Because there is currently no federal statute guaranteeing or prohibiting abortion services, this opinion means that individual states can determine whether, and under what conditions, a woman can legally access an abortion. In some states, this decision will have near-immediate effects due to laws already on the books banning or restricting abortions in the event Roe v. Wade is overturned.
Under existing laws in Virginia, and in many other states around the nation, there will be no immediate change. That means at UVA and UVA Health there will be no changes to current services.
As mentioned above, the court’s decision in this matter is a major change in our country’s stance on one of the most contentious issues in public life—and one of the most personal. While people are obviously free to voice their opinions about this ruling based on their beliefs and experiences, we urge members of our community to do so with empathy and understanding for all.
For those seeking additional information about this ruling, UVA Today and UVA Law have developed a helpful resource about this ruling and what it means for abortion rights in Virginia and around the nation.
Finally, the University is committed to providing a safe and healthy environment for its employees, students, and patients. For those in need of support, the University offers many resources including Counseling and Psychological Services for Students and the Faculty and Employee Assistance Program.
James E. Ryan
Executive Vice President and Provost
Jennifer (J.J.) Wagner Davis
Executive Vice President and Chief Operating Officer
K. Craig Kent
Chief Executive Officer, UVA Health and Executive Vice President for Health Affairs
Fred Hutchinson Cancer Center
Based on today’s ruling, it’s anticipated that 26 states are certain or likely to move quickly to ban abortion, with 13 of those states having trigger laws that could bring immediate change and consequences for our patients, our employees and our communities.
As we process the implication of this ruling, it’s important to acknowledge that patients with cancer and other serious illnesses often face incredibly difficult decisions related to reproductive health and their long-term well-being. These choices are deeply personal, and they vary, depending on factors such as a patient’s diagnosis, the available treatment options, the urgency of treatment and known treatment side effects.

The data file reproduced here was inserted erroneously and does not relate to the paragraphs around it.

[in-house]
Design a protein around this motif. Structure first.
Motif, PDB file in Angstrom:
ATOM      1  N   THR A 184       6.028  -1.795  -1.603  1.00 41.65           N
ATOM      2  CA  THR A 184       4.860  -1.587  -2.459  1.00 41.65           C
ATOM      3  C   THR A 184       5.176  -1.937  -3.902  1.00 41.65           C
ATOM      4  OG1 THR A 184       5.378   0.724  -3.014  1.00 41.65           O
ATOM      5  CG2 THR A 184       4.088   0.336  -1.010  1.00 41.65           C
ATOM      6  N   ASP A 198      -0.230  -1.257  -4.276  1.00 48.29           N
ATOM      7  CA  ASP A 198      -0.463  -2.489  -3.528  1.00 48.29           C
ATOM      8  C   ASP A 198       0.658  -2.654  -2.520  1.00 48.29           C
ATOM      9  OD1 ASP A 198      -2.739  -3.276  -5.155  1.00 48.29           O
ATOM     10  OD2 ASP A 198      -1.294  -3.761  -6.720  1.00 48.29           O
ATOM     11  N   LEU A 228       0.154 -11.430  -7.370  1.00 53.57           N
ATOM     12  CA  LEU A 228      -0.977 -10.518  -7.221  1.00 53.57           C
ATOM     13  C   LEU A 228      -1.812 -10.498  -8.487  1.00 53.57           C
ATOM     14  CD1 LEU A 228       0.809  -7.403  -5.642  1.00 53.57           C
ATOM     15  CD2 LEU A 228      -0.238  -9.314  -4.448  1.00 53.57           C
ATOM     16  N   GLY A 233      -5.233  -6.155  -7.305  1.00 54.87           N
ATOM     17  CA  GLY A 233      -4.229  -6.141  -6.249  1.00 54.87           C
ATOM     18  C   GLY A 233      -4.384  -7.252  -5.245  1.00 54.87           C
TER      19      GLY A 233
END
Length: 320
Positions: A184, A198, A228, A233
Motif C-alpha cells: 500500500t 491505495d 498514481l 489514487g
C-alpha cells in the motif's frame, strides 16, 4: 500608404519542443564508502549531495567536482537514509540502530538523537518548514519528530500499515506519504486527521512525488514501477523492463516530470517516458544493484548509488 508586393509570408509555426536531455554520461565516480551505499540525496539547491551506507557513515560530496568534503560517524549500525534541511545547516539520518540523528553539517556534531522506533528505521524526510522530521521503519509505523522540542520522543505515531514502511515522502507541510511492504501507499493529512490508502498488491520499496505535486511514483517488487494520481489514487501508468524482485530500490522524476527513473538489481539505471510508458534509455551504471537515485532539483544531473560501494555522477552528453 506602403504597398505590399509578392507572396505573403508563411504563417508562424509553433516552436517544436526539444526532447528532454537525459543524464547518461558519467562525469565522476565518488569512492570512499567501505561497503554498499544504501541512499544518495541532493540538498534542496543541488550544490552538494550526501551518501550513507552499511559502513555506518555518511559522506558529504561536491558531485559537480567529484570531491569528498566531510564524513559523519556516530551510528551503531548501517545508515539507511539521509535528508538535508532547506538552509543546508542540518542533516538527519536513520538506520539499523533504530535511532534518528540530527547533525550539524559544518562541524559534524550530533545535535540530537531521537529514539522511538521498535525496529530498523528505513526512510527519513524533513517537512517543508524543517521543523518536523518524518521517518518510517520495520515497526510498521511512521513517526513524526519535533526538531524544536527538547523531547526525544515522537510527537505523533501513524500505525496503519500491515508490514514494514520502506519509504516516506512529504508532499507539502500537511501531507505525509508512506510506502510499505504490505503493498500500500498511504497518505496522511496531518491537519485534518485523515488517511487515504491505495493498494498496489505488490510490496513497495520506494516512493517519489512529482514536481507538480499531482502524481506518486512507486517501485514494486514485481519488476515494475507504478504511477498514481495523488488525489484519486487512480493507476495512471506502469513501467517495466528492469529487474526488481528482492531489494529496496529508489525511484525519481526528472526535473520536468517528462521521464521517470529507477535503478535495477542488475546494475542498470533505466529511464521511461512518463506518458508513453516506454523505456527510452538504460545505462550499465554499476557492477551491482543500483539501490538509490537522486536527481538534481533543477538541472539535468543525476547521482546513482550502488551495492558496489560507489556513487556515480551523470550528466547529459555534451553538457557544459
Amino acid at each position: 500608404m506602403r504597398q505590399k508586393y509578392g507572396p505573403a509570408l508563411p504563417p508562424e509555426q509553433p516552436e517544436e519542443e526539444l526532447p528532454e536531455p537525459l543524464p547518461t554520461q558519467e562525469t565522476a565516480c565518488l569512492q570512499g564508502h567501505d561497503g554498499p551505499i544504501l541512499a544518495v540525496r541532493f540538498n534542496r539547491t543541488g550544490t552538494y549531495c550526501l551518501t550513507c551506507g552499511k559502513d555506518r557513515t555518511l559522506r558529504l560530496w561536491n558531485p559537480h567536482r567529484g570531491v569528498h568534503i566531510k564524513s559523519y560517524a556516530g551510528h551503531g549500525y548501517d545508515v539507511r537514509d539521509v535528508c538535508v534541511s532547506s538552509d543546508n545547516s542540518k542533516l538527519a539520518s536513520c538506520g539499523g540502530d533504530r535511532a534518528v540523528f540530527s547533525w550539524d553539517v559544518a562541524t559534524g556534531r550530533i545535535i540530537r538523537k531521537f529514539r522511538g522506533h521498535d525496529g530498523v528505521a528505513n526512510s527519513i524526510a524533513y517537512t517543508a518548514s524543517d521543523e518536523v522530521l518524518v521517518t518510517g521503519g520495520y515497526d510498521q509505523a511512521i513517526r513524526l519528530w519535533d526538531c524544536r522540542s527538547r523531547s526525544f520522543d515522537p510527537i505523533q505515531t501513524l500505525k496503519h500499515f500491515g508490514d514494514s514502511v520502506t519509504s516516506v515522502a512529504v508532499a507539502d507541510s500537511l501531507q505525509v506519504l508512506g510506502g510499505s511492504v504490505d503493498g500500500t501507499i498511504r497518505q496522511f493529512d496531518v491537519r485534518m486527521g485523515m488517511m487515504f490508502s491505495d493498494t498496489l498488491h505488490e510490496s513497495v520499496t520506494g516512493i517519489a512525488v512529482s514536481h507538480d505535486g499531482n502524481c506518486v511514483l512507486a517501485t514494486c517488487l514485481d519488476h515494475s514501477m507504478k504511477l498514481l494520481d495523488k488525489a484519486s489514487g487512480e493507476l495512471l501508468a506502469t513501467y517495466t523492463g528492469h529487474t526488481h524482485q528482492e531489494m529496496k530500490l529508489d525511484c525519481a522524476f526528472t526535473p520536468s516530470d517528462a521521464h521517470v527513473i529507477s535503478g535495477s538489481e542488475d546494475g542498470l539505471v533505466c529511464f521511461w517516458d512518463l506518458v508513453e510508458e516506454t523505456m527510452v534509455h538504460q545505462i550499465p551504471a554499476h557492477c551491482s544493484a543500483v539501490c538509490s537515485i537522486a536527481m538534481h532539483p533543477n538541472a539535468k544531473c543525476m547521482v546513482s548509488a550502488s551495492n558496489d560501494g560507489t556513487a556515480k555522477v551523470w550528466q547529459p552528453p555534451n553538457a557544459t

We share the view of the American Medical Association and dozens of other professional medical organizations that individual health care decisions should be made privately by the patient after fully-informed consultation with their physician.
West Virginia (ban to be in effect soon)
Wisconsin (ban in effect)
The U.S. Supreme Court decision in the Dobbs vs. Jackson Women’s Health Organization case will have profound impacts. The loss of access to abortion and critical reproductive healthcare will be felt everywhere in Wisconsin, particularly by underserved rural areas or marginalized populations that are disproportionately affected by barriers to safe and effective reproductive healthcare.
As we enter a time of rapid change and uncertainty, UW Health will put the needs of our patients first and foremost to ensure they receive not just the best care, but the best medical advice related to their care options. We will support our thousands of providers and staff, many of whom never expected to face a challenge like this in their careers and are deeply affected by the news.
While reverting to a 173-year-old state law on abortion will create some legal uncertainties, we recognize that this court decision has effectively banned abortions in Wisconsin except to save the life of the mother, and UW Health will continue to comply with the laws related to reproductive healthcare.